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Chez Papa Resto
The Swankier Sister of the Potrero Hill original
by Michelle Chan on Oct 03, 2008
Opened in Spring 2008 by the team that brought us Plouf and Chez Maman, Chez Papa Resto is the swankier version of the original Chez Papa Bistrot in Potrero Hill. Located in the newly-renovated Mint Plaza, the resto's large outdoor patio injects some life to what was formerly a sketchy alleyway, and its flavorful burgers (of Chez Maman pedigree) have downtown office workers declaring it their favorite new lunch spot.
General manager Alexandre Prod'Hommei's philosophy of providing authentic Provencal cuisine still reigns at the new locale, but the menu has been tweaked to place a greater emphasis on share-able small plates. One of the most popular is the fried squash blossoms ($13), little purses stuffed with mozzarella, goat cheese, and pistou, France's version of pesto (although don't ever describe it that way to a Français). Steamed mussels ($16) come bathed in a creamy pastis-saffron broth, made slightly piquant by the addition of piment d'Espelette, the recently ubiquitous Basque chile pepper. Paired with a generous cone of crispy rosemary-speckled shoestring frites ($6), and pain epi to sop up the addictive broth, they make a great light dinner.
Entrees include a few refined dishes, such as Alaskan halibut under a cloud of foamy black truffle emulsion ($26), but executive chef David Bazirgan (formerly of Baraka and Elisabeth Daniel) mostly leans towards heartier fare, with an emphasis on braising and roasting to impart deep layers of flavor. The lamb daube ($22), a stew featuring Châteauneuf du Pape-marinated lamb (from southern France), was a good example of this: lush and fall-off-the-bone tender. The quality of one's braising wine does make a difference.
The roasted monkfish, calamari and clams ($25) were doused tableside with a bouillabaisse reduction and served with thin planes of Gruyere and a side of toast and rouille, a saffron-scented aioli. But by the end of the meal, all the robust flavors -- the brininess of the clams, the concentrated crabbiness of the bouillabaisse -- became overwhelmingly salty, especially when topped with cheese. Like the lamb daube, this heavily-seasoned entree needed to be balanced with frequent slurps of wine to refresh the palate. Perhaps that is what veteran sommelier George Aknin meant when he explained, in his preamble to the impressive wine list, that wine should be considered a "condiment" for the food.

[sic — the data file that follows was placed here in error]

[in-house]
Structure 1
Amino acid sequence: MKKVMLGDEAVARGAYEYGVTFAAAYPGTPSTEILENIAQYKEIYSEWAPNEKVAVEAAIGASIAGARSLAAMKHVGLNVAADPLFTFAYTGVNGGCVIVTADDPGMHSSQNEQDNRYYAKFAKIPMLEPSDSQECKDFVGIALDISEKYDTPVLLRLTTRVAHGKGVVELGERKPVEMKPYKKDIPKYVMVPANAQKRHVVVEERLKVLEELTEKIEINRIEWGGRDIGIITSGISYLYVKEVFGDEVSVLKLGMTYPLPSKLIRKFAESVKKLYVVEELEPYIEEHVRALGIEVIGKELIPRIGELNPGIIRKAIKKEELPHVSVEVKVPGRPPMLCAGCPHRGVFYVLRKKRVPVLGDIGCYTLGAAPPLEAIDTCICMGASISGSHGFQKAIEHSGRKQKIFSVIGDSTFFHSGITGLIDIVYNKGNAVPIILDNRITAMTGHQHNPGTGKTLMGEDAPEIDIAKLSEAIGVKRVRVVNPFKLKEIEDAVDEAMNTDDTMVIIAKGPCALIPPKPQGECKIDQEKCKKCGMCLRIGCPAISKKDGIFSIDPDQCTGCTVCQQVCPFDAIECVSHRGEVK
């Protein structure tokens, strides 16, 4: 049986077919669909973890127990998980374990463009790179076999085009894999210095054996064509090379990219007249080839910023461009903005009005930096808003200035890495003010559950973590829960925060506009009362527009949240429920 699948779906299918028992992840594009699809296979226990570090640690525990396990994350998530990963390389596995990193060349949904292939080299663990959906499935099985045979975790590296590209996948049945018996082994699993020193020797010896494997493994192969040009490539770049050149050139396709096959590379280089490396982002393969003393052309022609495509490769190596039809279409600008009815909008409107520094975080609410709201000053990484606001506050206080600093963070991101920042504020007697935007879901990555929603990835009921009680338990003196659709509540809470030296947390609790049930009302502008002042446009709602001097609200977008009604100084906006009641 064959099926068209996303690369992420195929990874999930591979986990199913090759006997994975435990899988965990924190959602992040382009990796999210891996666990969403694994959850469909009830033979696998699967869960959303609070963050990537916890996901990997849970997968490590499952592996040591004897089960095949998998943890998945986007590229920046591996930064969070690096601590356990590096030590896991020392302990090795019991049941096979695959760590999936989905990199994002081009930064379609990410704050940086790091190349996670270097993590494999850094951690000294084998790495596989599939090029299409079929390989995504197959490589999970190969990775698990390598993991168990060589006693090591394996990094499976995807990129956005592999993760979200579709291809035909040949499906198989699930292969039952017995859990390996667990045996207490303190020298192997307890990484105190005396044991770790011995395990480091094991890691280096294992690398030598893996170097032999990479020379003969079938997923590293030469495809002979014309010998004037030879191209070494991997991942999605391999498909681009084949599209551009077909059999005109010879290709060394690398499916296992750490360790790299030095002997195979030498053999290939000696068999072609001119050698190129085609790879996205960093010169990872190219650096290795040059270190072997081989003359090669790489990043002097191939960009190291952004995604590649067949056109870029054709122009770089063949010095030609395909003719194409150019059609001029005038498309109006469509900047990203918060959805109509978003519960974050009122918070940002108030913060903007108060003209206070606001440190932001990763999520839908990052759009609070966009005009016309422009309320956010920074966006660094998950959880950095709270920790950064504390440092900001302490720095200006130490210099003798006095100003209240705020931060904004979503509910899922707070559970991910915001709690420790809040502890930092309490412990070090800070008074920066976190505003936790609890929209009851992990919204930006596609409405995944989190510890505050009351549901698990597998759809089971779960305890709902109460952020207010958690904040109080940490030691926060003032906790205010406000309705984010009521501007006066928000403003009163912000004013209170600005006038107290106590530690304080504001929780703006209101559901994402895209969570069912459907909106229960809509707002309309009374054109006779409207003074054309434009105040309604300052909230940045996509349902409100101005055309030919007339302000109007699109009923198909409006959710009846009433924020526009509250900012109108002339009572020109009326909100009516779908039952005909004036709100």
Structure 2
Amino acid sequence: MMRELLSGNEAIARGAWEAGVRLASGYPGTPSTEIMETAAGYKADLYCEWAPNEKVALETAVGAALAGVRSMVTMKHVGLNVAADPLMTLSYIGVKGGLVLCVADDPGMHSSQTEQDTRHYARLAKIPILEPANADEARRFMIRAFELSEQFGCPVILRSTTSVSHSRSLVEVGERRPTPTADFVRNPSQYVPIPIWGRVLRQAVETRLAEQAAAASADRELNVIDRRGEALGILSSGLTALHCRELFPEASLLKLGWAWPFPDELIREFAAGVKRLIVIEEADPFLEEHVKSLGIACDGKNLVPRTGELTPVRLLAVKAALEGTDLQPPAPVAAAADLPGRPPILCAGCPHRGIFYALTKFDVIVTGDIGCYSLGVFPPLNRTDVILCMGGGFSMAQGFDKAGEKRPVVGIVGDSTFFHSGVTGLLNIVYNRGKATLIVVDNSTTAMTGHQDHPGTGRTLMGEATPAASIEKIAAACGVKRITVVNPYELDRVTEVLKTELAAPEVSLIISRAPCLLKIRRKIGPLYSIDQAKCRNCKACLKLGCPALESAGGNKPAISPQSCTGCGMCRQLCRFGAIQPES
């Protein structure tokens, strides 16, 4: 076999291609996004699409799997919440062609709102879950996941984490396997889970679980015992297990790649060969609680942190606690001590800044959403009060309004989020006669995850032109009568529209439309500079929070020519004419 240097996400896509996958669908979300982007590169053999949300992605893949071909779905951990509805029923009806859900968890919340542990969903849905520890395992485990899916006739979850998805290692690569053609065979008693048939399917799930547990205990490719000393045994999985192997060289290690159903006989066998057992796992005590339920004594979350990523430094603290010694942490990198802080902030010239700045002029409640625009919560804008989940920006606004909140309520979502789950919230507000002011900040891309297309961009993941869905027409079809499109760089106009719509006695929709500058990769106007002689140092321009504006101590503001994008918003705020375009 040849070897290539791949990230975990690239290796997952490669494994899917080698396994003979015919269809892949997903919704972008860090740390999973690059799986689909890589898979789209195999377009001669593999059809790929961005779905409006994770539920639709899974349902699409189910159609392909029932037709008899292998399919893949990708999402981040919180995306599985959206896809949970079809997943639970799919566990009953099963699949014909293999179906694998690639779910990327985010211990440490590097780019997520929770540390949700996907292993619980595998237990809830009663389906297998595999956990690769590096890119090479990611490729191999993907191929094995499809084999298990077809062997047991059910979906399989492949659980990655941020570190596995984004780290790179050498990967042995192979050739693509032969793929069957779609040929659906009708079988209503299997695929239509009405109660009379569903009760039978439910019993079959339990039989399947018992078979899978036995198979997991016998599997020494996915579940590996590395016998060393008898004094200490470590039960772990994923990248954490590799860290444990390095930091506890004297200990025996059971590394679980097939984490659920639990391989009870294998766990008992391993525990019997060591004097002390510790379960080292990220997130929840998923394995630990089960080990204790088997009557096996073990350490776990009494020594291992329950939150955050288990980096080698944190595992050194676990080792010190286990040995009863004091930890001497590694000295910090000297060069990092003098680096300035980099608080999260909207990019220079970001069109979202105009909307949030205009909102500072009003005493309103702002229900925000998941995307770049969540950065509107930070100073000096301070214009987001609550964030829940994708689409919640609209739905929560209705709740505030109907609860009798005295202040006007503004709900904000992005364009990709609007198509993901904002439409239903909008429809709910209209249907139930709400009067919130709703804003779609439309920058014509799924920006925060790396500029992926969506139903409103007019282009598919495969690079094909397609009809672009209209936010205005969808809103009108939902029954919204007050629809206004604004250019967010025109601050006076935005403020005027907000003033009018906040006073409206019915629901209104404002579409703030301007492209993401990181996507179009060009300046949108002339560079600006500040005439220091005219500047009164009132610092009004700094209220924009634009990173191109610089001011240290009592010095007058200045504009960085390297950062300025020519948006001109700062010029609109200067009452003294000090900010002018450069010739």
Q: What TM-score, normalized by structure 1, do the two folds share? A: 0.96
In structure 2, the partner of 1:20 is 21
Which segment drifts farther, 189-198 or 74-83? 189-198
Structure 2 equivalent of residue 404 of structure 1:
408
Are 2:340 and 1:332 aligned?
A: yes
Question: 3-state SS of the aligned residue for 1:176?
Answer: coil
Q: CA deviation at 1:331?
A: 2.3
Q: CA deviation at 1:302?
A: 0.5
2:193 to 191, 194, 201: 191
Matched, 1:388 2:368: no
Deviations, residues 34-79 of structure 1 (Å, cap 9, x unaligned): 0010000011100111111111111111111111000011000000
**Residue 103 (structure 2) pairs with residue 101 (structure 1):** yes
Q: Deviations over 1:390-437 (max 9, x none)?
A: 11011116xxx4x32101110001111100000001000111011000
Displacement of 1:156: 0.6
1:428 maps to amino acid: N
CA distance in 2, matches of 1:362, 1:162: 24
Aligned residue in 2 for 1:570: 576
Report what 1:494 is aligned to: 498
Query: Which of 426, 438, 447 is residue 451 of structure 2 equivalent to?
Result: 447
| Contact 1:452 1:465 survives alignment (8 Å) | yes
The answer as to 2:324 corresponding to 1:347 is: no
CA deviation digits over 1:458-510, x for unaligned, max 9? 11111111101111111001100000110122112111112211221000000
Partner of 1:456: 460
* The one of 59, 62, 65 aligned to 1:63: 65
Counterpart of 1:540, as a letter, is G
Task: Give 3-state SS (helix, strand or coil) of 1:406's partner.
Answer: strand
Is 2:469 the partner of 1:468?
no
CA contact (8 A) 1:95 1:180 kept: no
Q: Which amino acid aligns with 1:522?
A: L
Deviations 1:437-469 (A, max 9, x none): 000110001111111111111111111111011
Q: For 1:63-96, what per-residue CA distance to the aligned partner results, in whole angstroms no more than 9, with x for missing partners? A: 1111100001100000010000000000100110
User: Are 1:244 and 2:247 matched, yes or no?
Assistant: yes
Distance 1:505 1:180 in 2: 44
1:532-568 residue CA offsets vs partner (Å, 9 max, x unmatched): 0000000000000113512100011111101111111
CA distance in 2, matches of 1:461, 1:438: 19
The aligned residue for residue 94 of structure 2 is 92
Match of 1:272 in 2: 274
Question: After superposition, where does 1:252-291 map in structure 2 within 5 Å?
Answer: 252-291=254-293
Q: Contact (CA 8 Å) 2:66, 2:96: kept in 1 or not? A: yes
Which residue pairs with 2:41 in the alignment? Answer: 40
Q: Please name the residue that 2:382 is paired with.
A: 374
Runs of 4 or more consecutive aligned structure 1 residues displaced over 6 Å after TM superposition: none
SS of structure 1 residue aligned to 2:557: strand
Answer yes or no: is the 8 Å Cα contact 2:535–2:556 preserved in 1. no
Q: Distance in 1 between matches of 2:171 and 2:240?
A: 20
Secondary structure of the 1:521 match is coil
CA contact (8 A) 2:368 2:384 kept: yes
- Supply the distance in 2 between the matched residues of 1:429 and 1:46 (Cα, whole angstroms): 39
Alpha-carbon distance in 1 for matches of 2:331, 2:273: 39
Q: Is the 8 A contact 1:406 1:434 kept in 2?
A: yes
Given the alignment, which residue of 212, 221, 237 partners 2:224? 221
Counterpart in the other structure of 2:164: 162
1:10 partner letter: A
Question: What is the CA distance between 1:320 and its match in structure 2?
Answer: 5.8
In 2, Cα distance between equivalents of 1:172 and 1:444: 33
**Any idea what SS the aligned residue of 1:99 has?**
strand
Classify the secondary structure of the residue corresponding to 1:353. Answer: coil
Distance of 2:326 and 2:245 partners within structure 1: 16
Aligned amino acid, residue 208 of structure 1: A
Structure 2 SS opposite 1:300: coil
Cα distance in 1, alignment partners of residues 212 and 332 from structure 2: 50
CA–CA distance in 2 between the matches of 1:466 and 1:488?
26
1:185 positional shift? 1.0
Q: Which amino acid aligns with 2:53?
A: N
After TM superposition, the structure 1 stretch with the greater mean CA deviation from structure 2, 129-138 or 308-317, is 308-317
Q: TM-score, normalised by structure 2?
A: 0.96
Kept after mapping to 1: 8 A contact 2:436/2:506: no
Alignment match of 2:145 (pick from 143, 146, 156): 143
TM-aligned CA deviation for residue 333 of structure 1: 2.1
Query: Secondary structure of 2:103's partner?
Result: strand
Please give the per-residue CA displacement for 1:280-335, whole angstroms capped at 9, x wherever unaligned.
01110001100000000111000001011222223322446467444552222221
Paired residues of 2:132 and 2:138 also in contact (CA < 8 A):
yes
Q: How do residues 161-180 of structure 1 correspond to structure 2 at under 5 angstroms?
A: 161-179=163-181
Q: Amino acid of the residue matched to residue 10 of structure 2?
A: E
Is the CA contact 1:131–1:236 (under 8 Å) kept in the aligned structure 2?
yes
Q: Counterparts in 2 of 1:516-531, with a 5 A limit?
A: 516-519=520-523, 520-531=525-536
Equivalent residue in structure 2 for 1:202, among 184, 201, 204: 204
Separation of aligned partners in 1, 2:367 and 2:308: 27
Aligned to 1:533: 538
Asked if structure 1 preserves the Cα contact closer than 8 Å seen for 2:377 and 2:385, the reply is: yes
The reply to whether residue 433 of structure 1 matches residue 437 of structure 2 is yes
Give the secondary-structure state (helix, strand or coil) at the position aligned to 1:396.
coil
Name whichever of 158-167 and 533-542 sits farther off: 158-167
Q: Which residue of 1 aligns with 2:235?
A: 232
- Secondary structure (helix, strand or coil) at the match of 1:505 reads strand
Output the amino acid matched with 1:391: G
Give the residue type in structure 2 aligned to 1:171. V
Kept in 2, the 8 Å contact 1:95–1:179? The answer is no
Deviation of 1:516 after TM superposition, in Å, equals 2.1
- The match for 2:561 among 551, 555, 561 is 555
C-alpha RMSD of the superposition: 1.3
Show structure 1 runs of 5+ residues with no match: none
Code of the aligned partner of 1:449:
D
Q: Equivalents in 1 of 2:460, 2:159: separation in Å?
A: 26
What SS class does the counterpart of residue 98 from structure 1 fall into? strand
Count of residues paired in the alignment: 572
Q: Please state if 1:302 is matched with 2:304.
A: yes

While most restaurants don't anticipate your needs beyond the usual busing of plates and filling of water glasses, service at Chez Papa is thoughtful and generous. For example, the kitchen will split certain dishes when they know they will be shared; and diners are often offered complimentary extras like amuses bouches or muscat.
The resto's lounge-y Parisian interior is dark and sexy, providing a modern foil for the ornate Murano glass chandeliers. Unless Prod'Hommei had a very unusual boyhood, the glamorous vibe doesn't quite jive with his purported goal to "recreate and share these types of evenings I enjoyed as a child in South of France." But the slow-cooked food, hospitality and communal table (a tall sleek island, rather than a humble kitchen table) are a nod in that direction.
Unfortunately, it can sometimes feel like you're at the communal table even when you're not. Some of the tables are packed in tightly, and the noise level can get high. Also, many of the starters are on the small side, which affects their share-ability. A few are pretty dear to boot ($13 gets you two scallops or three stuffed zucchini blossoms), but they are intensely flavored and beautifully presented; so relish each exquisite bite -- and polish off the basket of pain epi.
near San Francisco Centre
Reservations Essential? Yes.
by Michelle Chan on Oct 03, 2008